This woman also found Hot Pursuit utterly hysterical so I don’t know what to believe.

7] Southpaw

$7,519,000 / $31,577,000

Wake me up when Creed comes out, OK?

8] Paper Towns

$4,600,000 / $23,816,000

Saw this on Saturday at a nice early screening.  Review will be along on my site on Tuesday, but I really enjoyed this one.  It’s definitely not perfect, but it’s sweet heart-warming viewing for myself.  Man, I might actually be a John Green fan, which is especially weird since the edited Q&A highlights I was forced to sit through prior to the start of the film didn’t make him look like a particularly tolerable guy.  Still, at least he wasn’t Dan & Phil who I’m still not convinced aren’t just the mannequins from the first series of new Doctor Who attempting to pass themselves off as regular human beings.

9] Inside Out

$4,517,000 / $329,594,000

Gonna go see this again this weekend, will probably cry profusely again.  As I’ve said before, I can’t separate myself emotionally from this movie, not enough to offer up a proper objective critical review.  It hits too close to home and is way too personal to me for me to be able to do that.  On the bright side, I guess we now know what a film that is Fury Road’s equal/possible better for me looks like!

10] Jurassic World

$3,800,000 / $631,500,000

IMPORTANT PUBLIC SERVICE ANNOUNCEMENT TO ALL CITIZENS OF THE UNITED STATES OF AMERICA: Shaun The Sheep Movie is finally getting a nationwide cinema release in your country next week.  Go and see it.  That is an order.  Go and see it.  Go and see it multiple times over, it’s one of the best animated features released in the last few years.  Go and see it instead of Fantastic 4, please.  Don’t let me down, folks!  I wanna be reporting strong numbers this time next week!

Dropped Out: Mr. Holmes, Terminator: Amiga

Callum Petch’s red hat gets a rap from the critics.  He now writes for his own website (callumpetch.com)!  Follow him on the Twitters (@CallumPetch)!

Mission: Impossible – Rogue Nation

by Andrew Brooker (@Brooker411)

rogue nation“Join the IMF.  See the world. On a monitor. In a closet.”

Silly spy stuff; it’s one of my favourite things to watch. Alias, Blacklist, Bond and definitely Mission: Impossible. It’s one of those genres that, when it’s done well, is almost timeless.  Just take a look at the old Mission: Impossible TV show; it’s daft, it’s completely implausible but it’s a shed load of fun to watch. It was also my first experience of thinking “oh god why are they making a film of this?”, it was 1996, I was 14 and I was mortified when they made Jim Phelps (the IMF team’s leader in the TV show) the bad guy. I felt every ounce of the betrayal Tom Cruise did on screen as that bastard Brian De Palma ruined my show! After that, I started to discover films like Hard Target and Face/Off, which led to a long-time adoration of director John Woo and thus the only reason I gave Mission: Impossible 2 the time of day and I loved it (yes, I’m very aware it’s the weakest of the franchise, a testament to how good the others are).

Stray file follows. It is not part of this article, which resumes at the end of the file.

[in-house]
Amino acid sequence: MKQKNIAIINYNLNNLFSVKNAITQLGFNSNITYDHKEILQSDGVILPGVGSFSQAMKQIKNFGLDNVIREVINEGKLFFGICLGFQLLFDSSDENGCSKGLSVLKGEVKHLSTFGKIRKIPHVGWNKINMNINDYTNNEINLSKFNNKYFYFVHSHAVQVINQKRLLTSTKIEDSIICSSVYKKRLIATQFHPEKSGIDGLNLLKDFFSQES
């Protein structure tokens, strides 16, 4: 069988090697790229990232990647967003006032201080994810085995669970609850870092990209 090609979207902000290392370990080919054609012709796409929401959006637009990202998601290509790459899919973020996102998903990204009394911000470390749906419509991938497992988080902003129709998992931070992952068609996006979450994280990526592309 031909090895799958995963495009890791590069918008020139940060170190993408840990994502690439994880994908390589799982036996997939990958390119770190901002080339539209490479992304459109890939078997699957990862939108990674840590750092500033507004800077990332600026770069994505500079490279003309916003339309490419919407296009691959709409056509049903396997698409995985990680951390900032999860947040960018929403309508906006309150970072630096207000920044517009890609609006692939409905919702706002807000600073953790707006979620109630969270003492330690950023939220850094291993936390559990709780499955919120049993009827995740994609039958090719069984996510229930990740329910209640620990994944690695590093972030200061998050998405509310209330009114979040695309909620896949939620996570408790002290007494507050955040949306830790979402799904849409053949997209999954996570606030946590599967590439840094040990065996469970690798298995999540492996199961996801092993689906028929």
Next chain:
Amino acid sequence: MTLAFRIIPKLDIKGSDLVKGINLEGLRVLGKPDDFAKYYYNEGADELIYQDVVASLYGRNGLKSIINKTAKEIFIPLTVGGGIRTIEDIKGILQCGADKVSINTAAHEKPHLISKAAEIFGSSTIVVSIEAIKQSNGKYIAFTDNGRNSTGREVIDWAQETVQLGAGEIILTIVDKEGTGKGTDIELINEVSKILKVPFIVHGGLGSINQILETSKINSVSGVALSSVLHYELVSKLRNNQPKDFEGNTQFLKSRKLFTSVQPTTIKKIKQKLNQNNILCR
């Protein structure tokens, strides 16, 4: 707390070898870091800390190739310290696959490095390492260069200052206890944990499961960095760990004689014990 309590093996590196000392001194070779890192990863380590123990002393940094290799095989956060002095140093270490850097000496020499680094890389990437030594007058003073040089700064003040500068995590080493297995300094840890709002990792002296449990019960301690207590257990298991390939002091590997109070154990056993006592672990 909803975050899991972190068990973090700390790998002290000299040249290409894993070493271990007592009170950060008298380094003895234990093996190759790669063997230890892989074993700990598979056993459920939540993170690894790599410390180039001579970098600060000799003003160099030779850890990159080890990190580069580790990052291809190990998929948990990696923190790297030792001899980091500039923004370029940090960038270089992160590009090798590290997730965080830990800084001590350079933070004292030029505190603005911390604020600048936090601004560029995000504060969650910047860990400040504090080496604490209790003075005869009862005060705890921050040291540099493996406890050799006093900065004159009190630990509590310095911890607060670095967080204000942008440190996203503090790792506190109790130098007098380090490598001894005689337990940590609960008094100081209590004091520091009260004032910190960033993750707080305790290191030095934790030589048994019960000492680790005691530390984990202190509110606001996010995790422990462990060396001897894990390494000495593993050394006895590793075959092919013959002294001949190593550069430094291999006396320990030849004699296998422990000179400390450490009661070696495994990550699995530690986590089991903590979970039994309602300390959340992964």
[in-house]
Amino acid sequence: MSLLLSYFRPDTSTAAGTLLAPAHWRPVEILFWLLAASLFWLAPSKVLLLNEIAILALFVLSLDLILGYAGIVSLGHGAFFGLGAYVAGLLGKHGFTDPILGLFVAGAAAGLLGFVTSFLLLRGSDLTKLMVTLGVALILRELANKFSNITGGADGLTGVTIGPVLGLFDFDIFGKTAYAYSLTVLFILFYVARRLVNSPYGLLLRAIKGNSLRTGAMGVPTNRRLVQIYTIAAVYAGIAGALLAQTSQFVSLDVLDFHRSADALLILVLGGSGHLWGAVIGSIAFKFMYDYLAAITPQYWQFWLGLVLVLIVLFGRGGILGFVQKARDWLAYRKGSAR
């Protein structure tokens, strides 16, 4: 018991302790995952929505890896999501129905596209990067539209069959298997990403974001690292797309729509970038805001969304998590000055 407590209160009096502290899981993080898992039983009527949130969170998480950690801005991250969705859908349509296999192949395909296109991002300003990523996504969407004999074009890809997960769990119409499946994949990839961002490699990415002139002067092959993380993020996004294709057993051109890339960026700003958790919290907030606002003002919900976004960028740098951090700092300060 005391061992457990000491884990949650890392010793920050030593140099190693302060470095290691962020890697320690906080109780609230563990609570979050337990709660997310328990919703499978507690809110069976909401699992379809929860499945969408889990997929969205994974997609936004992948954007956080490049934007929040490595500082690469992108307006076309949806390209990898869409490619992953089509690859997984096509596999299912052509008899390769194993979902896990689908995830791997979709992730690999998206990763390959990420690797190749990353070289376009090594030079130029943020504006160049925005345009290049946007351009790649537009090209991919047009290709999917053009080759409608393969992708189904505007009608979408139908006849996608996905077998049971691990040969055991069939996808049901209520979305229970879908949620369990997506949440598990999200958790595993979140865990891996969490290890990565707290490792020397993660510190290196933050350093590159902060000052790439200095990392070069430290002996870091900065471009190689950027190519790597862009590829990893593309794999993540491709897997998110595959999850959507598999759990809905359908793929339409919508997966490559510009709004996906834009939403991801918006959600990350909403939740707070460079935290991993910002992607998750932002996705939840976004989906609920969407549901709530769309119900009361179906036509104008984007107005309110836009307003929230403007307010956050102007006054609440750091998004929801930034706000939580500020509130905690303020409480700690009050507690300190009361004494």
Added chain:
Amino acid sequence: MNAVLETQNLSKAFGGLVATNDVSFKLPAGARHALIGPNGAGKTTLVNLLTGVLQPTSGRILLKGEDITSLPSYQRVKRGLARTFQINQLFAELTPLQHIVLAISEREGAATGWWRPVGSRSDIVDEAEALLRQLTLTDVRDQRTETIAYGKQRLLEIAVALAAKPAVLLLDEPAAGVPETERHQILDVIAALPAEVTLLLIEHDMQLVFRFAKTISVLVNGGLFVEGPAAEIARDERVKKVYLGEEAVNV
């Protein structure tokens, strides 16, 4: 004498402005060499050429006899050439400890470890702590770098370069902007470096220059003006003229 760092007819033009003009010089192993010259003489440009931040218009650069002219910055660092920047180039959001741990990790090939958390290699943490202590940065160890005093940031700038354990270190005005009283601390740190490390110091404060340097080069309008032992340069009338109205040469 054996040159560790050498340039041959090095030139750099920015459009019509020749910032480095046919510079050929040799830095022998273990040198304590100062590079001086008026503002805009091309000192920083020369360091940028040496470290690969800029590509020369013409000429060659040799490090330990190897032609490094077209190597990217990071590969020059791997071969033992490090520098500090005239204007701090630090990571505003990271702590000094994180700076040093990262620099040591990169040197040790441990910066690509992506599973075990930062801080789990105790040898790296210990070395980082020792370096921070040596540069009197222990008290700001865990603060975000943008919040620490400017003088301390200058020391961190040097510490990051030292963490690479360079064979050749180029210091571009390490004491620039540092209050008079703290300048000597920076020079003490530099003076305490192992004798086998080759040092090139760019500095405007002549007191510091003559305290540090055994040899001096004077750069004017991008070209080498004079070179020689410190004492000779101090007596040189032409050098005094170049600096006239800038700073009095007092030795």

I gave the original another shot, with fresh eyes and a growing respect for films and De Palma; and really enjoyed it.  Even today; OK, four days ago, the original still holds up as a brilliantly made espionage thriller.  A thriller that spawned three sequels; a host of top-shelf actors and directors; and showed the world just how much Tom Cruise is willing to put in to make his films look as good as they possibly can.  Today, almost 20 years since Ethan Hunt’s first outing with the IMF, I sat and watched the fourth sequel in one of the most bankable action franchises ever created.

Mission: Impossible – Rogue Nation, wastes no time in filling your screen with action.  Within a couple of minutes, Hunt and his team are frantically trying to stop a shipment of chemical weapons from falling into the control of someone other than them! Turning to desperate measures to stop what turns out to be VX gas (Remember that? It’s the one that melts faces in The Rock) from being used by a suspiciously invisible terrorist group by throwing it out the back of a plane! Yeah, all that hanging off a plane shit? All in the first few minutes of Rogue Nation.  If ever there was a way to start a film, it’s to put the thing advertised the most, that’s generated a metric tonne of interest because the film’s star is batshit crazy and is really hanging off of a plane as the bloody thing takes off, right at the start of the film! And it’s all go from there.